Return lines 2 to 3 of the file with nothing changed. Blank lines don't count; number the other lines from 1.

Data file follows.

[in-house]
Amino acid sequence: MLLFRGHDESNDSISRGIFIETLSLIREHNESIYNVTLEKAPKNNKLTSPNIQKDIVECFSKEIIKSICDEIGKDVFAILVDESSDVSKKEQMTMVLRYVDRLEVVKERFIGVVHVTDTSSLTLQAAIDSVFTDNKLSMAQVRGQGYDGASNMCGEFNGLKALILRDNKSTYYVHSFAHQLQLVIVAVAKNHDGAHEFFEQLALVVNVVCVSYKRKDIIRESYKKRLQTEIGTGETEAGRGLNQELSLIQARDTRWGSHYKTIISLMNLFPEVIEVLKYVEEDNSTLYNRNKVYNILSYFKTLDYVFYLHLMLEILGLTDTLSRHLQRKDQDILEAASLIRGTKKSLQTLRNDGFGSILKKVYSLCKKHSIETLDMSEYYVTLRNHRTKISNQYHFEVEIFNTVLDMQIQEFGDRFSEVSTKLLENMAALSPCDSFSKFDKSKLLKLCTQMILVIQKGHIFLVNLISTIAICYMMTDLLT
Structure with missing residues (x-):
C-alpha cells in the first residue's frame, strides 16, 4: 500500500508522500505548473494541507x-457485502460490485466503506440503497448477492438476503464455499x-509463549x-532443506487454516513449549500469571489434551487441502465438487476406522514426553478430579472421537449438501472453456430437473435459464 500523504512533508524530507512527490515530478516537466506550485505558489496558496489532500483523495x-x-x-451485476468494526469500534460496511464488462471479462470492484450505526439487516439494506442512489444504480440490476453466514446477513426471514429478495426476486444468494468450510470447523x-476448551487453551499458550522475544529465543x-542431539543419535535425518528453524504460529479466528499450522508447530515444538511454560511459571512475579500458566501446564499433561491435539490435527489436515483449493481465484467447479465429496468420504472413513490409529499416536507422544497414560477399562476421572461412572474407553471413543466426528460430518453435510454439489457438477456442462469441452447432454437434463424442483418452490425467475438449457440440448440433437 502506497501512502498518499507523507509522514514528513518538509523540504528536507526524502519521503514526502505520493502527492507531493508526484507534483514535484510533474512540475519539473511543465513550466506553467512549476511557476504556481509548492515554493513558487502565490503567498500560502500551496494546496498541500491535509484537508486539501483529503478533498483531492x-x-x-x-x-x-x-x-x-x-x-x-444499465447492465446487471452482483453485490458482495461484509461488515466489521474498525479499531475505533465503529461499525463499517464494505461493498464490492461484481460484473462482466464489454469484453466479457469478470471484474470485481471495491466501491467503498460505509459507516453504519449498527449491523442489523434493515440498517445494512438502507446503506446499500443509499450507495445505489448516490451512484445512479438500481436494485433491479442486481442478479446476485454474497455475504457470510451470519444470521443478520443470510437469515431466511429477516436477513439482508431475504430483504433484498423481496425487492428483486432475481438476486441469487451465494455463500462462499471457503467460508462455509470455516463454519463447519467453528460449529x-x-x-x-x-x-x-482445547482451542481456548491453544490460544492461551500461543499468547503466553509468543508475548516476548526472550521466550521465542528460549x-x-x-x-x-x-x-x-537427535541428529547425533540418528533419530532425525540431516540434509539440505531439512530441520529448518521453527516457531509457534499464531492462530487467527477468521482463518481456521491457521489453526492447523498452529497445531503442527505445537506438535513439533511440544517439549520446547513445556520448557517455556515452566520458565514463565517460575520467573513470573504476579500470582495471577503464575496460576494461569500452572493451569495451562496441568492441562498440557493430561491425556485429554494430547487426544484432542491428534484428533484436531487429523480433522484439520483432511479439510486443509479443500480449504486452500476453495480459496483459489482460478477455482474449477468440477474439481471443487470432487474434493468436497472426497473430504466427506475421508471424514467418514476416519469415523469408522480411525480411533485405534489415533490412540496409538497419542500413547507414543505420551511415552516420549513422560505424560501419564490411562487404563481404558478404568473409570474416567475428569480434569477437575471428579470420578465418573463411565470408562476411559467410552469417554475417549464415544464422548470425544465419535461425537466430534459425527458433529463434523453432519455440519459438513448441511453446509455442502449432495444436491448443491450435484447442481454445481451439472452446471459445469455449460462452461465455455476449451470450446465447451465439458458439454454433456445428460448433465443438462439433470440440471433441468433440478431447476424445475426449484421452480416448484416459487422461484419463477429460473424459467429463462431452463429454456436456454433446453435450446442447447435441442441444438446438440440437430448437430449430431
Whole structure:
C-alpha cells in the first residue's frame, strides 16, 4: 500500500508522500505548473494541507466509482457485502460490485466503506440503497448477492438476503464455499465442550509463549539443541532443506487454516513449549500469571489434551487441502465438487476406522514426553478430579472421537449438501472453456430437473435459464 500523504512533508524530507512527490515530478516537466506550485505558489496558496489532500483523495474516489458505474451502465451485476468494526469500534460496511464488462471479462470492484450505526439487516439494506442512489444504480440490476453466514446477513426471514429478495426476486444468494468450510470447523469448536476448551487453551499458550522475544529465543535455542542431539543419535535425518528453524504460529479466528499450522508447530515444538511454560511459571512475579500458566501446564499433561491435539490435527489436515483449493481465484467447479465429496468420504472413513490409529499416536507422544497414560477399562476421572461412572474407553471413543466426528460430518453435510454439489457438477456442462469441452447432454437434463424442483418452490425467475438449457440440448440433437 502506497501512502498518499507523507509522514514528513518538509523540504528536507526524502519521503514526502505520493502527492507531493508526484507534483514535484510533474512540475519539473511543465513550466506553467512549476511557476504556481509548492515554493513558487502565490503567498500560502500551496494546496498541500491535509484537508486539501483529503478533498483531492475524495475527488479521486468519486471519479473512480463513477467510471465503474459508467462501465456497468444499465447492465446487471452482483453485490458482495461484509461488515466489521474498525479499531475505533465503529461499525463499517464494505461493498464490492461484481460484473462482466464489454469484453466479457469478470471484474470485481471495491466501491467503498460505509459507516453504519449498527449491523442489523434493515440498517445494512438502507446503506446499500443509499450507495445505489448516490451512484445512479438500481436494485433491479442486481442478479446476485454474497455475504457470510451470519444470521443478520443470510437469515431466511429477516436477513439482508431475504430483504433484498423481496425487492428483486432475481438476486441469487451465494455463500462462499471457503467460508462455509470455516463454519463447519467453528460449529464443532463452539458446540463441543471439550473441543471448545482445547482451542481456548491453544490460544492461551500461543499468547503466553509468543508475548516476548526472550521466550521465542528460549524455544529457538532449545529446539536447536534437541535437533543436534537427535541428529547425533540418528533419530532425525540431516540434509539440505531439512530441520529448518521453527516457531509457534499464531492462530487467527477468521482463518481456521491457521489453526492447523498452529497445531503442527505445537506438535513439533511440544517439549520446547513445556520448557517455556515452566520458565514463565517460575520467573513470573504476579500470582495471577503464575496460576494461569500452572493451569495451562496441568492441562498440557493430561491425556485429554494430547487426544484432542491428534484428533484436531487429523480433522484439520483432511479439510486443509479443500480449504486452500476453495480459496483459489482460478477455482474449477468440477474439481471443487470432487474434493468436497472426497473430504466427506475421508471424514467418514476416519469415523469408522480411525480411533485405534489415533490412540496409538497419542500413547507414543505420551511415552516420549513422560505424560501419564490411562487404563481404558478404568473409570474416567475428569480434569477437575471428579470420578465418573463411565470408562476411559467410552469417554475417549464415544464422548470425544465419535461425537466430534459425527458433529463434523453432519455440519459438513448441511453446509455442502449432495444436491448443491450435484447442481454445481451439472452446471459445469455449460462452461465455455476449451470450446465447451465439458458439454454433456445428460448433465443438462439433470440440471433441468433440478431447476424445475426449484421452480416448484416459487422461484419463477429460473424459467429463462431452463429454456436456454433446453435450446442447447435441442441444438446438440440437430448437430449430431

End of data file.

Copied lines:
Amino acid sequence: MLLFRGHDESNDSISRGIFIETLSLIREHNESIYNVTLEKAPKNNKLTSPNIQKDIVECFSKEIIKSICDEIGKDVFAILVDESSDVSKKEQMTMVLRYVDRLEVVKERFIGVVHVTDTSSLTLQAAIDSVFTDNKLSMAQVRGQGYDGASNMCGEFNGLKALILRDNKSTYYVHSFAHQLQLVIVAVAKNHDGAHEFFEQLALVVNVVCVSYKRKDIIRESYKKRLQTEIGTGETEAGRGLNQELSLIQARDTRWGSHYKTIISLMNLFPEVIEVLKYVEEDNSTLYNRNKVYNILSYFKTLDYVFYLHLMLEILGLTDTLSRHLQRKDQDILEAASLIRGTKKSLQTLRNDGFGSILKKVYSLCKKHSIETLDMSEYYVTLRNHRTKISNQYHFEVEIFNTVLDMQIQEFGDRFSEVSTKLLENMAALSPCDSFSKFDKSKLLKLCTQMILVIQKGHIFLVNLISTIAICYMMTDLLT
Structure with missing residues (x-):